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Dinosaurs may be the reason why we don't live to be 200 years old.

2024-04-25 Update From: SLTechnology News&Howtos shulou NAV: SLTechnology News&Howtos > IT Information >


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This article comes from the official account of Wechat: SF Chinese (ID:kexuejiaodian), author: SF

Many mammals, including us, age faster than many reptiles and amphibians. One biologist suggested that part of the reason for this is that the dominance of dinosaurs in the past forced mammals to shorten their reproductive cycles and led to the elimination of some of their anti-aging genes.

The progress of science has given us a deeper understanding of the process of aging. However, why do we grow old? Why does evolution leave us with a body that decays at the age of 80 or so? After all, living longer gives us more opportunities to have offspring, which seems to be in line with the logic of evolution.

There are some long-lived animals in nature, such as bowhead whales and some giant turtles, which can live more than 200 years. In some animals, the physiological mechanism of aging is very slow, and even stops completely in some species. However, humans and most mammals do not have such an advantage-we age faster, we have less ability to regenerate tissue, and we are more likely to develop cancer than reptiles and amphibians. Why did evolution put mammals on a different path?

If you want to live long, you have to pay a certain price. if you want to understand the evolution of longevity, you must first understand that this evolutionary feature of longevity has a price. It takes a lot of energy to maintain and repair DNA, replace damaged cells, and resist other aging processes. For most animals, energy is a hard-won resource that can only be obtained by feeding. This means that when an animal ages more slowly, it has less energy to do other things, including reproduction.

However, if an animal ages slowly and lives to be over 200 years old, but dies in its 20s because of infectious diseases, predators and other reasons, then their longevity genes do not work. In this case, longevity is a disadvantage. Because this creature wastes a lot of energy to inhibit aging, which could have been used to produce more offspring.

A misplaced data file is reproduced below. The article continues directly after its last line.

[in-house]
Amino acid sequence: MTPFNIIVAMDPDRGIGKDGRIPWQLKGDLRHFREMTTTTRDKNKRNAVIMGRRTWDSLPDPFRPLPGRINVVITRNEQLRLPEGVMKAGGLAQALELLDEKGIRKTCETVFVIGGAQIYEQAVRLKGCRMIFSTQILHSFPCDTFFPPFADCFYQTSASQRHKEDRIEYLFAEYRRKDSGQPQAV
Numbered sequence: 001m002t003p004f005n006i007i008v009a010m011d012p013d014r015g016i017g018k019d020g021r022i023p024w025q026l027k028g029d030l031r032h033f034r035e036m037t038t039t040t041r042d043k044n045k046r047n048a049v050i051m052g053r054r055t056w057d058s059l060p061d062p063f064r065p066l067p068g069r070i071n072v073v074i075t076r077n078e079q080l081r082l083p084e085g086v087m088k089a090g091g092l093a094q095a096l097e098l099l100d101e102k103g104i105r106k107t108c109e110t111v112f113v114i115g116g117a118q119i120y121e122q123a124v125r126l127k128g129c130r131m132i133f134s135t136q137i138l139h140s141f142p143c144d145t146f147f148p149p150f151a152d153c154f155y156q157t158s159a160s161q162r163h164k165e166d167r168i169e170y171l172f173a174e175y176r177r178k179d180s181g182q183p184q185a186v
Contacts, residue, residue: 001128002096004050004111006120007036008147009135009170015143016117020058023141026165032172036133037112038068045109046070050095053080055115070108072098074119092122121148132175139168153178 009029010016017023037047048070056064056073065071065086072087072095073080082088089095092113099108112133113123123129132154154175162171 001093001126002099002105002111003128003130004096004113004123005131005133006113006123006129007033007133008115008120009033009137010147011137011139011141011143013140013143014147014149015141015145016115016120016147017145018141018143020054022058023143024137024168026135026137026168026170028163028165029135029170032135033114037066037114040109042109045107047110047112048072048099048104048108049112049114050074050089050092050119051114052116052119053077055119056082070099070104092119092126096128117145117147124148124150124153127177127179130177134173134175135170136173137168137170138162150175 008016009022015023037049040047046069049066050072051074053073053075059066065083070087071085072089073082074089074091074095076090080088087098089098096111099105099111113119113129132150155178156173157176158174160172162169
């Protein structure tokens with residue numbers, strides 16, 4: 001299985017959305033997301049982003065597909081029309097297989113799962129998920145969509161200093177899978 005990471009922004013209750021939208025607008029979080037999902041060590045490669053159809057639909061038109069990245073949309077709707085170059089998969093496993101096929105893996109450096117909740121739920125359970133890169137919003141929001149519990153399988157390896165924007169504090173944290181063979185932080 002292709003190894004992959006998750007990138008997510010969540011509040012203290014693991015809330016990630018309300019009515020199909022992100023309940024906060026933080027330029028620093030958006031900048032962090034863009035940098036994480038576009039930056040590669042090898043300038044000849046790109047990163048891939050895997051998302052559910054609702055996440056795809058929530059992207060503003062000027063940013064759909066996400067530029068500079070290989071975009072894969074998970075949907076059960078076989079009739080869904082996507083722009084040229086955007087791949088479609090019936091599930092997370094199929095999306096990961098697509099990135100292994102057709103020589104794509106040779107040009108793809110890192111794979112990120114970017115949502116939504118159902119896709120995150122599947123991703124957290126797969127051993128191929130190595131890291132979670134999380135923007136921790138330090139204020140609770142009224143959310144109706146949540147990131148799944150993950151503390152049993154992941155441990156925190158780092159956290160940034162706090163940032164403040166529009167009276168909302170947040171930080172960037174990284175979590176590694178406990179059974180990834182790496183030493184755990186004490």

Therefore, if an animal has a high chance of dying due to other factors before reaching its natural lifespan, this will exert selective pressure on the animal to accelerate reproduction at the expense of shorter lifespan. This trade-off is common in nature.

One theory about why humans don't live longer is that our mammalian ancestors often die young. So what factors posed such a great threat to our mammalian ancestors that they affected our human lifespan?

Dinosaurs put pressure on mammals. Recently, Jo ã o Pedro de Magalh ã es, a biologist at the University of Birmingham in England, proposed a hypothesis called "longevity bottleneck". He believes that dinosaurs had an important impact on the lifespan of mammals.

Mammals differentiated from reptiles 200 to 250 million years ago. At that time, they were small and nocturnal, coexisting with dinosaurs for more than 100 million years.

Magalhaes suggested that early mammals originally had longevity genes that originally belonged to reptiles. However, during the long years of coexistence with dinosaurs, these genes were gradually eliminated because they did not bring evolutionary advantages in a dangerous environment full of ferocious dinosaurs. As a result, mammals choose to speed up reproduction at the cost of shortening their lifespan. After the extinction of the dinosaurs, some mammals re-evolved a longer lifespan, but were constrained by the loss of reptile longevity genes millions of years ago.

The "longevity bottleneck" hypothesis is not the first to suggest that dinosaurs had a significant impact on our evolution. As early as 1942, Gordon Lynn Voles, a physiologist at the University of California, Berkeley, put forward the "nocturnal bottleneck" hypothesis. He believes that during the reign of dinosaurs, almost all mammals evolved into nocturnal animals. Although some mammals evolved into diurnal animals after the extinction of the dinosaurs, many nocturnal evolutionary characteristics remain in today's mammals. For example, there is genetic evidence that mammals lost photolyase during dinosaur reign, and this enzyme can repair ultraviolet damage to DNA.

Of course, dinosaurs are not the only factor that may affect the rate of aging in mammals. Magalhaes also mentioned the role of body temperature. Mammals are thermostats, which brings an evolutionary advantage that allows them to control their body temperature without relying on environmental conditions. However, there is also some evidence that higher body temperature can lead to shorter life expectancy.

All in all, Magalhaes's hypothesis provides a new perspective for exploring the aging evolution of humans and mammals. And it's interesting to think about it: although mammals have replaced dinosaurs as the masters of the earth, the influence of dinosaurs remains in the DNA of mammals.



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